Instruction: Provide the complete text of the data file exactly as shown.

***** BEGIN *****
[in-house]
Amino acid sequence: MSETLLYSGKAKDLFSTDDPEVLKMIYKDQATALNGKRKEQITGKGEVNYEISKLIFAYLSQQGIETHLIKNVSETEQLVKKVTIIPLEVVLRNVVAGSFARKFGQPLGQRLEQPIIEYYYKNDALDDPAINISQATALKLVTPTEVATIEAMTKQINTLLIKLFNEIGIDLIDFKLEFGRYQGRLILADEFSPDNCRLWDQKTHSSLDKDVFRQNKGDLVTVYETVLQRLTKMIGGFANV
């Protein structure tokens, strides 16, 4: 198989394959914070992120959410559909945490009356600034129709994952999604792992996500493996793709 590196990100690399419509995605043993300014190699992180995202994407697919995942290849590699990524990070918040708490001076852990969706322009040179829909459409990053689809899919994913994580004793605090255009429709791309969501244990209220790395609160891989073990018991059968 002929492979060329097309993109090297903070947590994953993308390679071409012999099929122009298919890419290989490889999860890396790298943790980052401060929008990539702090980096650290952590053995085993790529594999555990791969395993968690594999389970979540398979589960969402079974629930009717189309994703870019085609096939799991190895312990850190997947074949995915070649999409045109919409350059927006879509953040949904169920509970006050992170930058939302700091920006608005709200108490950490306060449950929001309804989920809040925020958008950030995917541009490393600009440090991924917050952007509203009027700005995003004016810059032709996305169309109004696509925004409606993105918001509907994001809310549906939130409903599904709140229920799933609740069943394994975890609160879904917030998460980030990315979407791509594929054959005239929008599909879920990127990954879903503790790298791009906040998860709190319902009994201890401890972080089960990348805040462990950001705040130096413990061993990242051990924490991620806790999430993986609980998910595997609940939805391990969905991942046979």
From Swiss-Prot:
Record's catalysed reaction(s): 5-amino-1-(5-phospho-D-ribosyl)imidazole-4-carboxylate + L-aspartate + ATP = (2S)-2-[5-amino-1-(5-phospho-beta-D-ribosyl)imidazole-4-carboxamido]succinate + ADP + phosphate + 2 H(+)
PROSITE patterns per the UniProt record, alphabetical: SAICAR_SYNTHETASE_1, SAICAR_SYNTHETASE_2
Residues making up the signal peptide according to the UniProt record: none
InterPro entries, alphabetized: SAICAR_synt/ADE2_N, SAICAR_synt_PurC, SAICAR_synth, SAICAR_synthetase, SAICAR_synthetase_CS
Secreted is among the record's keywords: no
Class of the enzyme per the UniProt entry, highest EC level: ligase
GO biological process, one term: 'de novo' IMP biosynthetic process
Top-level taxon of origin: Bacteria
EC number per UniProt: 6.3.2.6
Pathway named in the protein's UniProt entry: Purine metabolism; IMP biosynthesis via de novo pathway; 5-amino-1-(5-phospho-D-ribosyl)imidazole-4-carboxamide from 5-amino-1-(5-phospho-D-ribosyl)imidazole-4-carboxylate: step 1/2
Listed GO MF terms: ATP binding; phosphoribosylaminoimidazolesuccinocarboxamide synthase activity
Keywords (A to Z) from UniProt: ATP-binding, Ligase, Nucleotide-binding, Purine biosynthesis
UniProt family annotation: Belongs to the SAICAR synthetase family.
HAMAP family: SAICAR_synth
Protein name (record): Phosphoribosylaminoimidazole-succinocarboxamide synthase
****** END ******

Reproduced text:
[in-house]
Amino acid sequence: MSETLLYSGKAKDLFSTDDPEVLKMIYKDQATALNGKRKEQITGKGEVNYEISKLIFAYLSQQGIETHLIKNVSETEQLVKKVTIIPLEVVLRNVVAGSFARKFGQPLGQRLEQPIIEYYYKNDALDDPAINISQATALKLVTPTEVATIEAMTKQINTLLIKLFNEIGIDLIDFKLEFGRYQGRLILADEFSPDNCRLWDQKTHSSLDKDVFRQNKGDLVTVYETVLQRLTKMIGGFANV
């Protein structure tokens, strides 16, 4: 198989394959914070992120959410559909945490009356600034129709994952999604792992996500493996793709 590196990100690399419509995605043993300014190699992180995202994407697919995942290849590699990524990070918040708490001076852990969706322009040179829909459409990053689809899919994913994580004793605090255009429709791309969501244990209220790395609160891989073990018991059968 002929492979060329097309993109090297903070947590994953993308390679071409012999099929122009298919890419290989490889999860890396790298943790980052401060929008990539702090980096650290952590053995085993790529594999555990791969395993968690594999389970979540398979589960969402079974629930009717189309994703870019085609096939799991190895312990850190997947074949995915070649999409045109919409350059927006879509953040949904169920509970006050992170930058939302700091920006608005709200108490950490306060449950929001309804989920809040925020958008950030995917541009490393600009440090991924917050952007509203009027700005995003004016810059032709996305169309109004696509925004409606993105918001509907994001809310549906939130409903599904709140229920799933609740069943394994975890609160879904917030998460980030990315979407791509594929054959005239929008599909879920990127990954879903503790790298791009906040998860709190319902009994201890401890972080089960990348805040462990950001705040130096413990061993990242051990924490991620806790999430993986609980998910595997609940939805391990969905991942046979």
From Swiss-Prot:
Record's catalysed reaction(s): 5-amino-1-(5-phospho-D-ribosyl)imidazole-4-carboxylate + L-aspartate + ATP = (2S)-2-[5-amino-1-(5-phospho-beta-D-ribosyl)imidazole-4-carboxamido]succinate + ADP + phosphate + 2 H(+)
PROSITE patterns per the UniProt record, alphabetical: SAICAR_SYNTHETASE_1, SAICAR_SYNTHETASE_2
Residues making up the signal peptide according to the UniProt record: none
InterPro entries, alphabetized: SAICAR_synt/ADE2_N, SAICAR_synt_PurC, SAICAR_synth, SAICAR_synthetase, SAICAR_synthetase_CS
Secreted is among the record's keywords: no
Class of the enzyme per the UniProt entry, highest EC level: ligase
GO biological process, one term: 'de novo' IMP biosynthetic process
Top-level taxon of origin: Bacteria
EC number per UniProt: 6.3.2.6
Pathway named in the protein's UniProt entry: Purine metabolism; IMP biosynthesis via de novo pathway; 5-amino-1-(5-phospho-D-ribosyl)imidazole-4-carboxamide from 5-amino-1-(5-phospho-D-ribosyl)imidazole-4-carboxylate: step 1/2
Listed GO MF terms: ATP binding; phosphoribosylaminoimidazolesuccinocarboxamide synthase activity
Keywords (A to Z) from UniProt: ATP-binding, Ligase, Nucleotide-binding, Purine biosynthesis
UniProt family annotation: Belongs to the SAICAR synthetase family.
HAMAP family: SAICAR_synth
Protein name (record): Phosphoribosylaminoimidazole-succinocarboxamide synthase